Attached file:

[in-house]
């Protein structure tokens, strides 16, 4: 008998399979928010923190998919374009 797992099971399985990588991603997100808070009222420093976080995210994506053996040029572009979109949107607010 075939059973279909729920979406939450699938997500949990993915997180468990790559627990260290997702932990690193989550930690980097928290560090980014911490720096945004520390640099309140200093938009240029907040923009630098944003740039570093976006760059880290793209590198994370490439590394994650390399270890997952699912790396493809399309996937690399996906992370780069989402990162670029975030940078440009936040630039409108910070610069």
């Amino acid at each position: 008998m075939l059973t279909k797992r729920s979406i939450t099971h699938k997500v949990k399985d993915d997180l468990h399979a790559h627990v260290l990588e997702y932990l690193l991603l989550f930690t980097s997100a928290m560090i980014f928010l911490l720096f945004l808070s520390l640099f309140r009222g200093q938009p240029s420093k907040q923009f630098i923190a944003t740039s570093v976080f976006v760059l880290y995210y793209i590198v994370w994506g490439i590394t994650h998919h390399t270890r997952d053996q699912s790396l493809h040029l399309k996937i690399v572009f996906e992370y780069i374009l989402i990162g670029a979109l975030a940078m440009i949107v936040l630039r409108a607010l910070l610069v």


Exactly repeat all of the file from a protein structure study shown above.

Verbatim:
[in-house]
């Protein structure tokens, strides 16, 4: 008998399979928010923190998919374009 797992099971399985990588991603997100808070009222420093976080995210994506053996040029572009979109949107607010 075939059973279909729920979406939450699938997500949990993915997180468990790559627990260290997702932990690193989550930690980097928290560090980014911490720096945004520390640099309140200093938009240029907040923009630098944003740039570093976006760059880290793209590198994370490439590394994650390399270890997952699912790396493809399309996937690399996906992370780069989402990162670029975030940078440009936040630039409108910070610069």
């Amino acid at each position: 008998m075939l059973t279909k797992r729920s979406i939450t099971h699938k997500v949990k399985d993915d997180l468990h399979a790559h627990v260290l990588e997702y932990l690193l991603l989550f930690t980097s997100a928290m560090i980014f928010l911490l720096f945004l808070s520390l640099f309140r009222g200093q938009p240029s420093k907040q923009f630098i923190a944003t740039s570093v976080f976006v760059l880290y995210y793209i590198v994370w994506g490439i590394t994650h998919h390399t270890r997952d053996q699912s790396l493809h040029l399309k996937i690399v572009f996906e992370y780069i374009l989402i990162g670029a979109l975030a940078m440009i949107v936040l630039r409108a607010l910070l610069v």